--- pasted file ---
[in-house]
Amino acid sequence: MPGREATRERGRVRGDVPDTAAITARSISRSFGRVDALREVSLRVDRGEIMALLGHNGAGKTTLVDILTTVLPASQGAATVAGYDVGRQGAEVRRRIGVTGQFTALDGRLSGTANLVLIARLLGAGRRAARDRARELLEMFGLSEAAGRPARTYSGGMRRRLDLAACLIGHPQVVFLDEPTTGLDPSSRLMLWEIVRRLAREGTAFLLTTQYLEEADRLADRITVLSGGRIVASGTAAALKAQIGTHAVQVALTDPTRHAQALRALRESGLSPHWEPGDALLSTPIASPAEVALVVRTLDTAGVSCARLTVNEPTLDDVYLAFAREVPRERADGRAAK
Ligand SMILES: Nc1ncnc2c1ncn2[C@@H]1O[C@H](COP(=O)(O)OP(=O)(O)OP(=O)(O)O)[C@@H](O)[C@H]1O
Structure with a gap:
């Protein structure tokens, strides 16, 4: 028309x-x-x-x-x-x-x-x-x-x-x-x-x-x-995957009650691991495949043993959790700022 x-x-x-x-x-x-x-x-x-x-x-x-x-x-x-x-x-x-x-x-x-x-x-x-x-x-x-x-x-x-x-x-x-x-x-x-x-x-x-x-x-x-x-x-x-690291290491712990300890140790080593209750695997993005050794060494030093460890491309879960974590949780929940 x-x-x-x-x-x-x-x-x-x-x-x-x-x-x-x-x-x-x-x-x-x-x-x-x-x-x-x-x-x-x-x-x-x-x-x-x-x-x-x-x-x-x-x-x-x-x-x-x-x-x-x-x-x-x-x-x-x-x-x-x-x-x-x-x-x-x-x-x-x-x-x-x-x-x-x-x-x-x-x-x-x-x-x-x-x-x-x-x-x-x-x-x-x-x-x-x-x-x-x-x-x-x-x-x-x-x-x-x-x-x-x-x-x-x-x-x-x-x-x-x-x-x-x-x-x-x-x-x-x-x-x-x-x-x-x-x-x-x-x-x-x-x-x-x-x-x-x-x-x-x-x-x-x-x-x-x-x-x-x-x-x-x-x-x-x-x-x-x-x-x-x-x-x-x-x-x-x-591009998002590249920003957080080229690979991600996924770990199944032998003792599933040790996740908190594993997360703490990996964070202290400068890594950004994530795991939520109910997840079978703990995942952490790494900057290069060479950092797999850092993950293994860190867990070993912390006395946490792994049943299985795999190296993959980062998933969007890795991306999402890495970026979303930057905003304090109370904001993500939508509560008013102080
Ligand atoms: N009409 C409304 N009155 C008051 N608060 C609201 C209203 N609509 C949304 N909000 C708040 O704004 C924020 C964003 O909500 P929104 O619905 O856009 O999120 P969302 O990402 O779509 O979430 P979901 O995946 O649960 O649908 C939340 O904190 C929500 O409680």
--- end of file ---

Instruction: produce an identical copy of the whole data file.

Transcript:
[in-house]
Amino acid sequence: MPGREATRERGRVRGDVPDTAAITARSISRSFGRVDALREVSLRVDRGEIMALLGHNGAGKTTLVDILTTVLPASQGAATVAGYDVGRQGAEVRRRIGVTGQFTALDGRLSGTANLVLIARLLGAGRRAARDRARELLEMFGLSEAAGRPARTYSGGMRRRLDLAACLIGHPQVVFLDEPTTGLDPSSRLMLWEIVRRLAREGTAFLLTTQYLEEADRLADRITVLSGGRIVASGTAAALKAQIGTHAVQVALTDPTRHAQALRALRESGLSPHWEPGDALLSTPIASPAEVALVVRTLDTAGVSCARLTVNEPTLDDVYLAFAREVPRERADGRAAK
Ligand SMILES: Nc1ncnc2c1ncn2[C@@H]1O[C@H](COP(=O)(O)OP(=O)(O)OP(=O)(O)O)[C@@H](O)[C@H]1O
Structure with a gap:
């Protein structure tokens, strides 16, 4: 028309x-x-x-x-x-x-x-x-x-x-x-x-x-x-995957009650691991495949043993959790700022 x-x-x-x-x-x-x-x-x-x-x-x-x-x-x-x-x-x-x-x-x-x-x-x-x-x-x-x-x-x-x-x-x-x-x-x-x-x-x-x-x-x-x-x-x-690291290491712990300890140790080593209750695997993005050794060494030093460890491309879960974590949780929940 x-x-x-x-x-x-x-x-x-x-x-x-x-x-x-x-x-x-x-x-x-x-x-x-x-x-x-x-x-x-x-x-x-x-x-x-x-x-x-x-x-x-x-x-x-x-x-x-x-x-x-x-x-x-x-x-x-x-x-x-x-x-x-x-x-x-x-x-x-x-x-x-x-x-x-x-x-x-x-x-x-x-x-x-x-x-x-x-x-x-x-x-x-x-x-x-x-x-x-x-x-x-x-x-x-x-x-x-x-x-x-x-x-x-x-x-x-x-x-x-x-x-x-x-x-x-x-x-x-x-x-x-x-x-x-x-x-x-x-x-x-x-x-x-x-x-x-x-x-x-x-x-x-x-x-x-x-x-x-x-x-x-x-x-x-x-x-x-x-x-x-x-x-x-x-x-x-x-591009998002590249920003957080080229690979991600996924770990199944032998003792599933040790996740908190594993997360703490990996964070202290400068890594950004994530795991939520109910997840079978703990995942952490790494900057290069060479950092797999850092993950293994860190867990070993912390006395946490792994049943299985795999190296993959980062998933969007890795991306999402890495970026979303930057905003304090109370904001993500939508509560008013102080
Ligand atoms: N009409 C409304 N009155 C008051 N608060 C609201 C209203 N609509 C949304 N909000 C708040 O704004 C924020 C964003 O909500 P929104 O619905 O856009 O999120 P969302 O990402 O779509 O979430 P979901 O995946 O649960 O649908 C939340 O904190 C929500 O409680």